As we’ve already touched upon, there’s currently only one engine and one gearbox available: a 187bhp 2.0-litre diesel (badged D4) that’s mated to an eight-speed automatic gearbox and drives all four wheels. If you want a manual gearbox, front-wheel drive or a less powerful engine, forget it.
Fortunately, the D4 is our pick of the regular V60 range and once again proves a fine fit for the Cross Country. Although it doesn’t feel quite as potent as engines fitted to the C-Class estate and A4 Avant that have similar power outputs on paper, the D4 still displays plenty of low and mid-range urgency, making regular driving a breeze. Should you need to overtake, there’s ample power to get past slower traffic.
Unfortunately, the Cross Country has an Achilles' heel: its automatic gearbox. As we’ve found in other Volvos, it tends to dither when you ask for a burst of acceleration. This is something you have to factor into your driving technique if you don’t want to get caught out when pulling out of junctions or going for a quick overtake.
When it comes to four-cylinder diesel engines, nothing gets close to matching the Audi A4 for quietness, but the D4 comes a commendable second. It’s certainly more vocal than the A4, particularly when you accelerate hard, but never sounds harsh and is far less grumbly than the C-Class.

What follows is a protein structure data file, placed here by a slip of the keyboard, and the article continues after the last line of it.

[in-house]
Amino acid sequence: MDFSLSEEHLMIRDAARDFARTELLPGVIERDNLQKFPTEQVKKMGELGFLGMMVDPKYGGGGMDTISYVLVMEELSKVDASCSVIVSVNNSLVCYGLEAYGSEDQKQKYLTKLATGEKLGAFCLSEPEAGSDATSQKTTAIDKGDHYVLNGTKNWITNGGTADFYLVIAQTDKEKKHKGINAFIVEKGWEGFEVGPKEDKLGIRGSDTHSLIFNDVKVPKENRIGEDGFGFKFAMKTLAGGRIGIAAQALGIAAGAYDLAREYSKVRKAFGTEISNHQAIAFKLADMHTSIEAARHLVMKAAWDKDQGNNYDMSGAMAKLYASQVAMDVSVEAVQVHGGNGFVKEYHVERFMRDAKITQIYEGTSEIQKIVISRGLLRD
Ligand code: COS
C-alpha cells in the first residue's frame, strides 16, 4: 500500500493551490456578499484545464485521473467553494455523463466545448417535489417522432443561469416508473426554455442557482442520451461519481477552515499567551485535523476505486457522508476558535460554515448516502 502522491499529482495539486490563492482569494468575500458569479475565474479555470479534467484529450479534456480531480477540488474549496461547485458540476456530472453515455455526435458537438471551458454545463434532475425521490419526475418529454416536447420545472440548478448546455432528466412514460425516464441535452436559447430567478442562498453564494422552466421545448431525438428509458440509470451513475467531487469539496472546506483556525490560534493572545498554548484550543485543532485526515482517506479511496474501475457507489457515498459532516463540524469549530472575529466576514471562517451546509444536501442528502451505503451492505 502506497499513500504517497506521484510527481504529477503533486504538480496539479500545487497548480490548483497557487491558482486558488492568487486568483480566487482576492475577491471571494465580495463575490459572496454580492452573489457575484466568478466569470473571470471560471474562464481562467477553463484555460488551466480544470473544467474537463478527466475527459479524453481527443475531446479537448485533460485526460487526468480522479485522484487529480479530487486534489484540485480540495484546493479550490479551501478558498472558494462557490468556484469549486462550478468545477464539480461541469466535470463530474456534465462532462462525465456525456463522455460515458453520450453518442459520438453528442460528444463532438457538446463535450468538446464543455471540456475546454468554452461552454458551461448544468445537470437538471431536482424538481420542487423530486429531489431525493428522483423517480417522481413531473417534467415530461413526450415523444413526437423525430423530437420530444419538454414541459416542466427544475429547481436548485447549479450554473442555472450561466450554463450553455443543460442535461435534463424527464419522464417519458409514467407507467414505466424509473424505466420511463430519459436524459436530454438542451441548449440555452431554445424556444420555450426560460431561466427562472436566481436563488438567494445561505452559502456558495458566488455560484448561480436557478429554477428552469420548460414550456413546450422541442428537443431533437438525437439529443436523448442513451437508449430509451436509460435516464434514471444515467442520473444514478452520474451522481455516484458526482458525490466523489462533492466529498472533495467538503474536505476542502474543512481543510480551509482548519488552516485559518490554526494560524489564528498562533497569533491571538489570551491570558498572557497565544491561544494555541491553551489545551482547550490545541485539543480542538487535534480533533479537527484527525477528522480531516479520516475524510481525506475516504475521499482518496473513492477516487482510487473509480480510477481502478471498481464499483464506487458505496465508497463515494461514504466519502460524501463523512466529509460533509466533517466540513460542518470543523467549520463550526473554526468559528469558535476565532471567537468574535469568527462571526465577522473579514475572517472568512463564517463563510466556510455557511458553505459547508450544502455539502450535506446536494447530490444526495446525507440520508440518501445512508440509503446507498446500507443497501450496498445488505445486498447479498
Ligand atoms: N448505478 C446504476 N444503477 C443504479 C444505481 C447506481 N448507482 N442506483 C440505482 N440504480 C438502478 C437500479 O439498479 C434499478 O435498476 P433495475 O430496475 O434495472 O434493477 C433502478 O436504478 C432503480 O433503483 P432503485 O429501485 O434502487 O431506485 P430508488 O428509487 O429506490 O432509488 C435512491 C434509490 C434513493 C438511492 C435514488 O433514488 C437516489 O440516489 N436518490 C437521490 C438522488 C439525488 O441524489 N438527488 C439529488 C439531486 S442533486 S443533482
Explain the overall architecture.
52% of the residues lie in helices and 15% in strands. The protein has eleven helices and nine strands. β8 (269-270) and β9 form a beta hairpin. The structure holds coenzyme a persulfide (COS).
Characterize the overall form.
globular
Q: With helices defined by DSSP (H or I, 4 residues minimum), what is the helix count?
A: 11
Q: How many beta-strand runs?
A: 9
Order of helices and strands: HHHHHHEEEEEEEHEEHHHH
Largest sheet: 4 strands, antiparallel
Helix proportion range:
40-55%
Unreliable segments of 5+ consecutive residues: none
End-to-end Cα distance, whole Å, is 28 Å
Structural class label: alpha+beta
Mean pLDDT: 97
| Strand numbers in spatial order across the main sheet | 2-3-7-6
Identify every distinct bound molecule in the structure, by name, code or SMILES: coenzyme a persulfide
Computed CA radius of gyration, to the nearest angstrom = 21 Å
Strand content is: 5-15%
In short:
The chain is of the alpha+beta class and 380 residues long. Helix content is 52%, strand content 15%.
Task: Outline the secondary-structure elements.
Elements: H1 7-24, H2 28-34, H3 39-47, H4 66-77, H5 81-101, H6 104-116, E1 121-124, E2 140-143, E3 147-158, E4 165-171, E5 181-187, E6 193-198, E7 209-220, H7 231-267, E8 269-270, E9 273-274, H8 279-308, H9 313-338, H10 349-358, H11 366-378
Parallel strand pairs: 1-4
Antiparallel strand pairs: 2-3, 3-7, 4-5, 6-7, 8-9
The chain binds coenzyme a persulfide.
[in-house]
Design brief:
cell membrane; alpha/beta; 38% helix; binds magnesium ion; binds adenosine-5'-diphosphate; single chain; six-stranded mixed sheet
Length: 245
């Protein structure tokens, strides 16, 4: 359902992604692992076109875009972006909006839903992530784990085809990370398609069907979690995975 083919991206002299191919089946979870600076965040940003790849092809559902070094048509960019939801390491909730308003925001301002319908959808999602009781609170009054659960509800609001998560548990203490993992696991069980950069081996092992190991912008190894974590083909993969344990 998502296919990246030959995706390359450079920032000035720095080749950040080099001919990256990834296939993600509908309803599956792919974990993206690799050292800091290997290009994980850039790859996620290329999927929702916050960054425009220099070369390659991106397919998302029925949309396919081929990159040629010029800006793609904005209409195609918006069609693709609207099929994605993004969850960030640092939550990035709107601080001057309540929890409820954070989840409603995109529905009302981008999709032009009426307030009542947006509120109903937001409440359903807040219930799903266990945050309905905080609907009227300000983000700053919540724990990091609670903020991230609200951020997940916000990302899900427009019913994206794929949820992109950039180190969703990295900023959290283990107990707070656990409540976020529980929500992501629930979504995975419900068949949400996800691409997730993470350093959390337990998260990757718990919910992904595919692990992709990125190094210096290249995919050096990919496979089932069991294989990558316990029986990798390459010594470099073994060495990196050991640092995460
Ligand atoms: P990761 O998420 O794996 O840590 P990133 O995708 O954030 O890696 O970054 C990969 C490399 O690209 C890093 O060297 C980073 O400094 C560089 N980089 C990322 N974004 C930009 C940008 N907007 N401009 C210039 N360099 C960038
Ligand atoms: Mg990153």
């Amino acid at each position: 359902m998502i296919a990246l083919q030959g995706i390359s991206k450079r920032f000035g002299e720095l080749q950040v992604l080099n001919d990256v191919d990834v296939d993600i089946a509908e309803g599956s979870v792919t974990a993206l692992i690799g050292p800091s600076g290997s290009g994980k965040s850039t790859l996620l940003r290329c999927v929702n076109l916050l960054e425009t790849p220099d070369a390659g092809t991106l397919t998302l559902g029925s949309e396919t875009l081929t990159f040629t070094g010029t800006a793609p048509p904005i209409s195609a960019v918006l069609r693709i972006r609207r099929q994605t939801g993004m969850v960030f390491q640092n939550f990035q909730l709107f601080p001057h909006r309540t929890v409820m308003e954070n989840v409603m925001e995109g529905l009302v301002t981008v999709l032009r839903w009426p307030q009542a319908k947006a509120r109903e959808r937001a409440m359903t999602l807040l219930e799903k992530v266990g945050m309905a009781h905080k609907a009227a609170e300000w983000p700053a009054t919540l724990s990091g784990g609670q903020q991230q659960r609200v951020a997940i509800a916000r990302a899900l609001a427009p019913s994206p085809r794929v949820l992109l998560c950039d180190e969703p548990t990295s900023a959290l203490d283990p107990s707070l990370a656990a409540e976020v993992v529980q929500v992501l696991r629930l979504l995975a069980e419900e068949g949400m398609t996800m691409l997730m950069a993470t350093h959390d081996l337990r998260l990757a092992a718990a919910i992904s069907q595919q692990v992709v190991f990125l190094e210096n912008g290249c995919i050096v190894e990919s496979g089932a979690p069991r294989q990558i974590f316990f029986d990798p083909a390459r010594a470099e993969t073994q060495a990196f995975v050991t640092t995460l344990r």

With less noise from wind flutter over the doors, the A4 Avant also pips the Cross Country for hushed progress. However, road and suspension noise are kept to a minimum and the V60 is a pretty muted companion for big-mile jaunts. Such journeys are also made more comfortable by suspension that’s softer than that of a regular V60. Adaptive dampers aren’t an option, but that’s no real loss.
In fact, while the bigger optional 19in wheels usually hamper the V60’s ride, the Cross Country remains comfortable and irons out crests and compressions in a soothing manner. You do still feel surface imperfections as they cause the car to fidget a little, but it’s far less noticeable than in the regular V60. We’ve yet to try the standard 18in wheels but suspect they’ll bring a little more compliance over pockmarked surfaces.
As well as being a little softer, the suspension also gives you an extra 60mm of ground clearance, but the Cross Country still handles well even with the additional height. Okay, it isn’t quite as sharp as a normal V60, but the steering is light in town and precise on country lanes and the car tracks reassuringly straight on motorways. Meanwhile, the body resists leaning over too markedly and the tyres deliver plenty of grip when you want to press on.
The Cross Country’s four-wheel drive system supplies excellent traction in dry conditions and combines with the raised ride height to offer an element of off-road ability. Should you find yourself in a muddy field, clever electronics are quick to bring the rear wheels into play to keep you moving, but you’ll not find quite as much traction as the more purposeful Subaru Outback can muster.
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